Byline: JOHN PLIMMER
CHARLES Lindbergh was an allAmerican hero. In 1927 the aviator gained fame and fortune by becoming the first person to fly solo across the Atlantic.
He was feted across the US and women fell in love with the dashing adventurer -but he had eyes for only one.
He married Anne Morrow, the daughter of a US Ambassador, soon after his historic flight and their first son, Charles Augustus Junior, was born in July 1930. The family then moved to Hopewell, New Jersey.
For a short period they lived happily -until tragedy struck. At 10pm on Tuesday, March 1, 1932, nanny Betty Gow went to young Charles' bedroom to checkon her charge and found his cot empty. A ransom demand had been left nearby on the windowsill.
Police arrived at the Lindbergh home in droves followed up to 400 reporters who had been tipped off.
Officers found a set of footprints in the wet ground below the child's bedroom window. Two holes were also left by a ladder found less than 100 yards away.
There were also tyre tracks nearby.
The ransom demand, full of spelling mistakes, was tested for fingerprints but nothing was found.
'Dear Sir!' it read. 'Have $50,000 redy with $2,500 in $20 bills, $1,500 in $10 bills and $1,000 in $5 bills. After two to four days we will inform you were to deliver the Mony.
'We warn you for making anyding public or for notify the polise the child is in gute care.'
Colonel H Norman Schwarzkopf, chief of the state police, advised the Lindberghs not to pay the kidnappers or promise immunity if the child was returned.
On March 4 a second note was received which stated the ransom had been increased to $70,000 as a result of the police involvement.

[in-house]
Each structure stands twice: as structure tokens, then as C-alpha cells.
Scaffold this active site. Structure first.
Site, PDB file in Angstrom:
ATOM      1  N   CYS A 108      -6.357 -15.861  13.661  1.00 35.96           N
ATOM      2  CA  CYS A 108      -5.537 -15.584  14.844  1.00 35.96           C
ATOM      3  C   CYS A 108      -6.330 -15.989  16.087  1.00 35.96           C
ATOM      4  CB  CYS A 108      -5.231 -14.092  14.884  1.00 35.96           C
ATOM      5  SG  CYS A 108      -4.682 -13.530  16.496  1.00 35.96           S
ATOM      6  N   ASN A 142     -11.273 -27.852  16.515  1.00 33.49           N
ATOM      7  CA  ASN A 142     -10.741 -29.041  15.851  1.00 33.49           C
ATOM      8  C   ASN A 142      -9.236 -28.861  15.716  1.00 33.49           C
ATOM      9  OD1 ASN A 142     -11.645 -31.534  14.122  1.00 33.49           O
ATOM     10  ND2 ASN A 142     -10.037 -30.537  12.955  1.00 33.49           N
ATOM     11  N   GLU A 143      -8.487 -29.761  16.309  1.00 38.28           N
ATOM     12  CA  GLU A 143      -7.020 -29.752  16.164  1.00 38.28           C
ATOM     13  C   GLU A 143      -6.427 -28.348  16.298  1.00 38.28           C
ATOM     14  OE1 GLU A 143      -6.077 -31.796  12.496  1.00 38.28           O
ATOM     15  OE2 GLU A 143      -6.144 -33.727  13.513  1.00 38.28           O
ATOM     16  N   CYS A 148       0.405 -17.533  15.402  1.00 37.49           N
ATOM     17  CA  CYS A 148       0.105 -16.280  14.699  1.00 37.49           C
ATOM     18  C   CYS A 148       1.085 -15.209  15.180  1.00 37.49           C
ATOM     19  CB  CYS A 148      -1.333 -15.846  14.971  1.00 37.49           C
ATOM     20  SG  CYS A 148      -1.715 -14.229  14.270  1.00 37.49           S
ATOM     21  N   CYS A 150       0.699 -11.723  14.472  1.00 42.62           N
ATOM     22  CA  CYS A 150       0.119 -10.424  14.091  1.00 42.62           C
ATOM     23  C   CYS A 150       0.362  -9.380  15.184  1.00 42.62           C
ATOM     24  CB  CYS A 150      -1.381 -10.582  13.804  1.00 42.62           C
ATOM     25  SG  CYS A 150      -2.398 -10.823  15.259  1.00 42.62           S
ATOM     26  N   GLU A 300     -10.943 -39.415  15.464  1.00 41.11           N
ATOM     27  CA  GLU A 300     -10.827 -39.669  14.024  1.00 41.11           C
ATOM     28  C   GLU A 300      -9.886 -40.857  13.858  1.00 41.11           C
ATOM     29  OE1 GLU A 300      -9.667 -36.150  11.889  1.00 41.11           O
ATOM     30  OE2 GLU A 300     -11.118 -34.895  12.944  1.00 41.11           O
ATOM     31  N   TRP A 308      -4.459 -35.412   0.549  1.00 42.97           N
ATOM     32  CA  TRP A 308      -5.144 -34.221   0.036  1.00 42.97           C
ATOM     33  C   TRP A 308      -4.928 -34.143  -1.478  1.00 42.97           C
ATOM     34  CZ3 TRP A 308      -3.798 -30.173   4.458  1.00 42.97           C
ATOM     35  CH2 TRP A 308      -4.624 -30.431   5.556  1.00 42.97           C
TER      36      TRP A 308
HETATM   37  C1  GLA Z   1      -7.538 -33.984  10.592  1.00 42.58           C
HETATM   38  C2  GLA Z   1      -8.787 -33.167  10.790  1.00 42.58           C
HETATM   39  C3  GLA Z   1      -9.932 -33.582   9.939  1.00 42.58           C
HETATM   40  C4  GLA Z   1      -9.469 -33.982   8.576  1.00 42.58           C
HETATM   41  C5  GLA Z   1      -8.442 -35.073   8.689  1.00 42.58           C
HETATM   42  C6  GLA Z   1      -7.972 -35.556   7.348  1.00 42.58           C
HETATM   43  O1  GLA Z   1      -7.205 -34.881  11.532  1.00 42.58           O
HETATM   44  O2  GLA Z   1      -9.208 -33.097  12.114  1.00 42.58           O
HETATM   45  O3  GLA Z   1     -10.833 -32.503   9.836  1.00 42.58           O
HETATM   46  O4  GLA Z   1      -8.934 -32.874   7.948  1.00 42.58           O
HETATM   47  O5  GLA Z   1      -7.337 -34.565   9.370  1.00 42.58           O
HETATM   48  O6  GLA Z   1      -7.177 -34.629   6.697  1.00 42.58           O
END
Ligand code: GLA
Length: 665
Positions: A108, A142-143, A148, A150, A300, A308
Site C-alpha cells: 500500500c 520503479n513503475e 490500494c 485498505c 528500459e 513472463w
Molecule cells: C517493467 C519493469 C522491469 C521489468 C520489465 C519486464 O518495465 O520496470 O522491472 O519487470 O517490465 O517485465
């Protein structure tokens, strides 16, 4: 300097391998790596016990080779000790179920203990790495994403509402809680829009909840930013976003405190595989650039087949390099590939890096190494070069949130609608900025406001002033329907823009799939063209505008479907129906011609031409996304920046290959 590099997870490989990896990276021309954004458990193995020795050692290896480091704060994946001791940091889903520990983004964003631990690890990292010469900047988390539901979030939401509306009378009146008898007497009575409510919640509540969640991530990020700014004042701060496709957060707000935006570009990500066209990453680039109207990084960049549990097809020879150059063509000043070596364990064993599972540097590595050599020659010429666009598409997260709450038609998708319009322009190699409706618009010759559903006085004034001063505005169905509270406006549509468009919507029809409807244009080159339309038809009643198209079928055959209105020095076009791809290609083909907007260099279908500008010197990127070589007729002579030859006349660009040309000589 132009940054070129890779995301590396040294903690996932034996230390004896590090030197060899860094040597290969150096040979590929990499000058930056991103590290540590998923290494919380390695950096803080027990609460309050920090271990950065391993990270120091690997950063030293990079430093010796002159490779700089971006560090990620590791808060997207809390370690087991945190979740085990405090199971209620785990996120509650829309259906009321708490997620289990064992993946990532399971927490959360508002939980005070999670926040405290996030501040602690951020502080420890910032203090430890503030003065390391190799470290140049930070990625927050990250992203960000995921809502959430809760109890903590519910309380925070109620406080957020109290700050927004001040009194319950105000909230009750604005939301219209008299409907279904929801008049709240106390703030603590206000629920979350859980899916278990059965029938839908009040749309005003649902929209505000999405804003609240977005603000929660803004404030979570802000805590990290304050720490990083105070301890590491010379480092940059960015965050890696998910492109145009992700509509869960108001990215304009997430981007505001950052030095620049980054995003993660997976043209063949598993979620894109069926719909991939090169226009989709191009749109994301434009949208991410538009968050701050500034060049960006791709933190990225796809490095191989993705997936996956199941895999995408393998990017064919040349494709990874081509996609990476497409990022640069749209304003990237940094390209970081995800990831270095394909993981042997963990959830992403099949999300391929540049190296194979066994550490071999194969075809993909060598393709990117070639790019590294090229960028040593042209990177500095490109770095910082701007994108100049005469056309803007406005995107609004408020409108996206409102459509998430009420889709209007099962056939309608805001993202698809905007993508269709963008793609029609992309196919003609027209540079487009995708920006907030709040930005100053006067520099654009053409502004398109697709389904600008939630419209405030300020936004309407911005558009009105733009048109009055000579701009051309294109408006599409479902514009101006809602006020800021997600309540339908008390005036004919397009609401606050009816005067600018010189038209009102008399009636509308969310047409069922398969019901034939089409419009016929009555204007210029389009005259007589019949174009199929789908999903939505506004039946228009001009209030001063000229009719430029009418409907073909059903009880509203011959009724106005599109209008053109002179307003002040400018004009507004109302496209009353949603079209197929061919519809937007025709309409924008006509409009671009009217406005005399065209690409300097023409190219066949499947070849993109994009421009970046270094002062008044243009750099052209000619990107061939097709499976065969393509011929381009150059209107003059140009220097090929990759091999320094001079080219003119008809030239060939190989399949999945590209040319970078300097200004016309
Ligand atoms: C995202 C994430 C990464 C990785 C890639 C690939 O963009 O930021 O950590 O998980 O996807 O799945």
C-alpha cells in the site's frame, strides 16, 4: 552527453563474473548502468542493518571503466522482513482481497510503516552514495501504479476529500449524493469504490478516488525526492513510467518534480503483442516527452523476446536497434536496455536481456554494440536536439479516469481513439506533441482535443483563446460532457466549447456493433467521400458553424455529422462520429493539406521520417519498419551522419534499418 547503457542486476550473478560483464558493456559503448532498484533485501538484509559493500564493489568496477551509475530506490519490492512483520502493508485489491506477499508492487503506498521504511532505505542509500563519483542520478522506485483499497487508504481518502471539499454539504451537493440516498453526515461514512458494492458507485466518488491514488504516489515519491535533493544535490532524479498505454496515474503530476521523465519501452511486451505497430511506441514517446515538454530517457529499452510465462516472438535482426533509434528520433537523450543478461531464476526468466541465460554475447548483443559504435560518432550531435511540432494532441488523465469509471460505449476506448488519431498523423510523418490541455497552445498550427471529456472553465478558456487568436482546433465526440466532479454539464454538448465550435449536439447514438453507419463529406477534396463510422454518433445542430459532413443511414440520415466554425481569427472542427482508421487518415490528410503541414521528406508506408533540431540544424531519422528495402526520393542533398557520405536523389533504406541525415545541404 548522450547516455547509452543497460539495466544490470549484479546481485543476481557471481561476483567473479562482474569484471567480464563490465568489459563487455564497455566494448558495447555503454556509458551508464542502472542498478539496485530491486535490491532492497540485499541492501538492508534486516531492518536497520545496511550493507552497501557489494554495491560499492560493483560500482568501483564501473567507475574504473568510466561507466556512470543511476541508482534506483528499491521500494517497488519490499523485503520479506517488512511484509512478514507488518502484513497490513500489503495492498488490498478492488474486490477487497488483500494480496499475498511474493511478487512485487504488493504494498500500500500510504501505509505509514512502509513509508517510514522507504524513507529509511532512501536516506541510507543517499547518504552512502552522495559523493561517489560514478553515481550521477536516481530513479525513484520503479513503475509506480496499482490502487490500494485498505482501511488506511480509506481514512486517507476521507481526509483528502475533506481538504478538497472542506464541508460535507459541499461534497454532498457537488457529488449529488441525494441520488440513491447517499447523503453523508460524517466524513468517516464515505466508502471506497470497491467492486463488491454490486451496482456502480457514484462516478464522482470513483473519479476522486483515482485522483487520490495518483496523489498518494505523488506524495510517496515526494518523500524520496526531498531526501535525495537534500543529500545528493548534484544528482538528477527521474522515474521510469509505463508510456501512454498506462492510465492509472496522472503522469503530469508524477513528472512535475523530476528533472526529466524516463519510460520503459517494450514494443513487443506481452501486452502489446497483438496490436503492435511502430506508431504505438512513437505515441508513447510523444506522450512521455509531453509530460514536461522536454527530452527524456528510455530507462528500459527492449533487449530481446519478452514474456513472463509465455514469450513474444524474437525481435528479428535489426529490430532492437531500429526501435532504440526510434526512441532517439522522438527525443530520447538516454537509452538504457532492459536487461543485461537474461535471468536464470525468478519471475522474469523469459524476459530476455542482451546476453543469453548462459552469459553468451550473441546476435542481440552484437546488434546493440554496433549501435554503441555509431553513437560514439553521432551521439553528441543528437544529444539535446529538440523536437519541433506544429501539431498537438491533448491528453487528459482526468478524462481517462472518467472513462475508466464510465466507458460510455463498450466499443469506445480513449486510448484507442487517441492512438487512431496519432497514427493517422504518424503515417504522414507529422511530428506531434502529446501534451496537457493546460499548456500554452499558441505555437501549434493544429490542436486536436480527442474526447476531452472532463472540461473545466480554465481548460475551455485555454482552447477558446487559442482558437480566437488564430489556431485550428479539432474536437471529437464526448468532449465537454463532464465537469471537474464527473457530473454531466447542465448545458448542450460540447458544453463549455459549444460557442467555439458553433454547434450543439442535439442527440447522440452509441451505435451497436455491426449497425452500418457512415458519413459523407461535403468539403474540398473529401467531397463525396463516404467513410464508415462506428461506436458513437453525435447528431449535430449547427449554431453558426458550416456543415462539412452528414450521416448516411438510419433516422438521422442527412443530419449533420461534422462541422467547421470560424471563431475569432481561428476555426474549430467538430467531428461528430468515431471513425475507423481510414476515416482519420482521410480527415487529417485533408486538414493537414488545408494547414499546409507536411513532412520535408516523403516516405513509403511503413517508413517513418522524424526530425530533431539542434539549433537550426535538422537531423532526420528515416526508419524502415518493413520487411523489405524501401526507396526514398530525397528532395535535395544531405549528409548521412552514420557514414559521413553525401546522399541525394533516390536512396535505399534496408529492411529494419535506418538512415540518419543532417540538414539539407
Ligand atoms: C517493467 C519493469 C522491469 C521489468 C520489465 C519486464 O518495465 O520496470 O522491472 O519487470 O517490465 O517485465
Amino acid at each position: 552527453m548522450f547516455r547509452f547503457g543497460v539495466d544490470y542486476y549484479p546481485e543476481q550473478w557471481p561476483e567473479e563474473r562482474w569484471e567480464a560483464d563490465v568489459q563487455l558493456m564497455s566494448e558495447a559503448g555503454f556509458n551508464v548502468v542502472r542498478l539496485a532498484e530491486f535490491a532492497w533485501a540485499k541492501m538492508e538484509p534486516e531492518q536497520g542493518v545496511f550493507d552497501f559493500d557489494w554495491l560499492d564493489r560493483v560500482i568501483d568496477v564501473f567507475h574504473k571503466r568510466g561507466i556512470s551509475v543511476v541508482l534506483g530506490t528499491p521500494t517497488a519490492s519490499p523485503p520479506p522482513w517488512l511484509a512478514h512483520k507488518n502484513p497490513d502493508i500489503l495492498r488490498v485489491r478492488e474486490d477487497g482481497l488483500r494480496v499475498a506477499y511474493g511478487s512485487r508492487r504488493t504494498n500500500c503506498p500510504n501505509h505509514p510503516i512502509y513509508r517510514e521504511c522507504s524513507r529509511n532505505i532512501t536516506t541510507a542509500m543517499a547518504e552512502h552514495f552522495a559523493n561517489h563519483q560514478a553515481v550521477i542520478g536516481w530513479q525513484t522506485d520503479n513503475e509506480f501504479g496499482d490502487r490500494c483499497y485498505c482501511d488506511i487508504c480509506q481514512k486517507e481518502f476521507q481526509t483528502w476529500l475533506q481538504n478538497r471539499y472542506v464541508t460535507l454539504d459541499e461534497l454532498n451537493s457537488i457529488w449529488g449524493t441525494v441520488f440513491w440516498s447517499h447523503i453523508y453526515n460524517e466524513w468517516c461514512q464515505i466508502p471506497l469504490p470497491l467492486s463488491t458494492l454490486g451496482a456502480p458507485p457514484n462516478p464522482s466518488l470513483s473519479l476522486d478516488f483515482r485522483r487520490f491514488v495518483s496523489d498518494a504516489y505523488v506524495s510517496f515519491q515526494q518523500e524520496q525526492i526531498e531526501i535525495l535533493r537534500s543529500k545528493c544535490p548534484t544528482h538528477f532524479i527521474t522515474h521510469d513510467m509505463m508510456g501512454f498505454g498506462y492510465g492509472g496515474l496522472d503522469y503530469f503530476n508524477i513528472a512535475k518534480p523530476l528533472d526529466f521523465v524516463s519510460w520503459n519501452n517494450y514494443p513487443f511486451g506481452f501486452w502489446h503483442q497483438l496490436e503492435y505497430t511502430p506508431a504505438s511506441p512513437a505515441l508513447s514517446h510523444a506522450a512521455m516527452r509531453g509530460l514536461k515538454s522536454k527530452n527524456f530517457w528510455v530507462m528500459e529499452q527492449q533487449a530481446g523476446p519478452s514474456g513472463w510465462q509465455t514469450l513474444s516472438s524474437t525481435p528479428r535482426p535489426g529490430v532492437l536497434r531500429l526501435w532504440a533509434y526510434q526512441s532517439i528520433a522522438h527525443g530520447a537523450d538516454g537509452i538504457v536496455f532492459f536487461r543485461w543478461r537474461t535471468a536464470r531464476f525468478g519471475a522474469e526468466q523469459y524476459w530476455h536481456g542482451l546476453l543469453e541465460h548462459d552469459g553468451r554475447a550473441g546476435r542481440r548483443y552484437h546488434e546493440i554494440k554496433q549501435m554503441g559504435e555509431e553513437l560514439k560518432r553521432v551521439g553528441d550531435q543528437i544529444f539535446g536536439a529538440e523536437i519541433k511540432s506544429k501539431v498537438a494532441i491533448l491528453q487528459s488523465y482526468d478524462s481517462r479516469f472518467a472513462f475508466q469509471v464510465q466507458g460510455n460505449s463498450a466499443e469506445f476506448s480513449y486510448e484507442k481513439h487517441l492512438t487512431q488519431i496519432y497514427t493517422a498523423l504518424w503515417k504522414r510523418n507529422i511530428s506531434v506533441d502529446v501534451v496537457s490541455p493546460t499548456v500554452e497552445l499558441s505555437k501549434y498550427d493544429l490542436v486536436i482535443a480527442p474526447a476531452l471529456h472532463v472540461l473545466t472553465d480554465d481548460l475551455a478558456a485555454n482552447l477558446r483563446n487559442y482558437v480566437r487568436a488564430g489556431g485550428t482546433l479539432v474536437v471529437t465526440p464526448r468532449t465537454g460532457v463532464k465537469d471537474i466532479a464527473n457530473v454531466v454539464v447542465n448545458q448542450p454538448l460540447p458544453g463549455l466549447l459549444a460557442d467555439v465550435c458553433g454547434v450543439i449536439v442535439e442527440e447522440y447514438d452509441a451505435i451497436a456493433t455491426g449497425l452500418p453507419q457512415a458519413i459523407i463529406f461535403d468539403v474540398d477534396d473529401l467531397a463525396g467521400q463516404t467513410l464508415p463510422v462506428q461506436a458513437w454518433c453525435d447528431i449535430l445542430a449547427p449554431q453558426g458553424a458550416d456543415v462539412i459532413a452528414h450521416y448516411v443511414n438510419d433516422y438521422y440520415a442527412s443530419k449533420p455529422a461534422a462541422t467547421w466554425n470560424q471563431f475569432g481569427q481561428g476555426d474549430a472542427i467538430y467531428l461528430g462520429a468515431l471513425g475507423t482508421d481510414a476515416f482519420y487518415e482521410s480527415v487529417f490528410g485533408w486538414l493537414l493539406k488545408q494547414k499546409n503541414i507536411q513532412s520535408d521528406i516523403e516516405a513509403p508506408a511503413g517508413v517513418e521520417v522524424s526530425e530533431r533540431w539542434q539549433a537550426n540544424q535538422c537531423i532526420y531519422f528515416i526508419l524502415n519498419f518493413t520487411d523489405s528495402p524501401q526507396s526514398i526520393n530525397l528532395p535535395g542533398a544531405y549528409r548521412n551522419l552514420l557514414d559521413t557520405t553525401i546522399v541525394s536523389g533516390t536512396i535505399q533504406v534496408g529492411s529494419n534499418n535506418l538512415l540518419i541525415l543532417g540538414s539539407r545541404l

DrJohnFCondon,a 72-year-old retired teacher from the Bronx, offered himself as a negotiator. Three days later, the Lindberghs received another letter, accepting Condon as a go-between.
An advert was placed in the New York American, notifying the kidnappers that the money was ready.
On March 12, Condon received written instructions demanding the ransom money be taken to Woodlawn Cemetery in the Bronx.
There he met a man with a foreign accent, who called himself John. Condon told him he would not hand over the ransom money until he had seen the child alive.
John refused but agreed to send Condon the baby's sleeping suit by the following Monday morning.
The garment was received by Condon and another rendezvous was set up for the ransom to be paid.
It was late on April 2 when Lindbergh drove Condon to St Raymonds, another cemetery in the area.
Lindbergh was armed with a gun and waited in the car, watching as Condon made his way between the tombstones.
John was waiting and, after a short discussion, Condon returned to the car to collect the cash, which consisted of gold certificates contained in a cardboard box.
A record had been made of all the serial numbers.
After being given the money, John told Condon that the baby could be found on a boat named Nelly. He handed over a note for Lindbergh before disappearing with the cash.
A brief description of the Nelly was written on the note, confirming that the boat was anchored between Horseneck Beach and Gay Head.
For two days, Lindbergh flew across the bay, but found no trace of the Nelly or his son. Despair set in.
On May 12, 1932, the biggest kidnapping case in American history turned into a murder investigation.
A truck driver had spotted the nakedcorpse of a child on a road between Hopewell and Princeton, partially covered with leaves and badly decomposed.
Charles Lindbergh later identified the remains as those of his son.
In April 1933 the newly-elected President Roosevelt called in all gold currency to seek links to the kidnap, which was still creating national headlines. …